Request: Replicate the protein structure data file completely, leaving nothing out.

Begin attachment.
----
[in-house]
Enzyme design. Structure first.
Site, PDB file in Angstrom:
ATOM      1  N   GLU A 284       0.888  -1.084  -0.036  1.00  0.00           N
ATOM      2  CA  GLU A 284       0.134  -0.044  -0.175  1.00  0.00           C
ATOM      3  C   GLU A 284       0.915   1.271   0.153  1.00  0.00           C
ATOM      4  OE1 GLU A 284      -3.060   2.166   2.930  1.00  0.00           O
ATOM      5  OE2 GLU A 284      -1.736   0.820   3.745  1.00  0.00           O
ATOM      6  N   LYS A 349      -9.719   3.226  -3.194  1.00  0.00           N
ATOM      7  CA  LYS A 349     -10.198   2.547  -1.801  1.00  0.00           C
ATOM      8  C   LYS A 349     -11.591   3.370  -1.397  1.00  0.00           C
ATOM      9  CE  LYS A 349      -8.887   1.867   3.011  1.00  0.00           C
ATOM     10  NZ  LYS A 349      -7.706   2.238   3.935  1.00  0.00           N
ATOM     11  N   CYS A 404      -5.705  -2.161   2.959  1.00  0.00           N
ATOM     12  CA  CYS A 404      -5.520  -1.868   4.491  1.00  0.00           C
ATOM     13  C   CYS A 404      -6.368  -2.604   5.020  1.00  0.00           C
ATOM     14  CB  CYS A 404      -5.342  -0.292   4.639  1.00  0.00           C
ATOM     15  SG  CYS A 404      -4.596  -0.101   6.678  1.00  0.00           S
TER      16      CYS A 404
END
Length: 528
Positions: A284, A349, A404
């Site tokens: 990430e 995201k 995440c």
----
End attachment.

[in-house]
Enzyme design. Structure first.
Site, PDB file in Angstrom:
ATOM      1  N   GLU A 284       0.888  -1.084  -0.036  1.00  0.00           N
ATOM      2  CA  GLU A 284       0.134  -0.044  -0.175  1.00  0.00           C
ATOM      3  C   GLU A 284       0.915   1.271   0.153  1.00  0.00           C
ATOM      4  OE1 GLU A 284      -3.060   2.166   2.930  1.00  0.00           O
ATOM      5  OE2 GLU A 284      -1.736   0.820   3.745  1.00  0.00           O
ATOM      6  N   LYS A 349      -9.719   3.226  -3.194  1.00  0.00           N
ATOM      7  CA  LYS A 349     -10.198   2.547  -1.801  1.00  0.00           C
ATOM      8  C   LYS A 349     -11.591   3.370  -1.397  1.00  0.00           C
ATOM      9  CE  LYS A 349      -8.887   1.867   3.011  1.00  0.00           C
ATOM     10  NZ  LYS A 349      -7.706   2.238   3.935  1.00  0.00           N
ATOM     11  N   CYS A 404      -5.705  -2.161   2.959  1.00  0.00           N
ATOM     12  CA  CYS A 404      -5.520  -1.868   4.491  1.00  0.00           C
ATOM     13  C   CYS A 404      -6.368  -2.604   5.020  1.00  0.00           C
ATOM     14  CB  CYS A 404      -5.342  -0.292   4.639  1.00  0.00           C
ATOM     15  SG  CYS A 404      -4.596  -0.101   6.678  1.00  0.00           S
TER      16      CYS A 404
END
Length: 528
Positions: A284, A349, A404
């Site tokens: 990430e 995201k 995440c």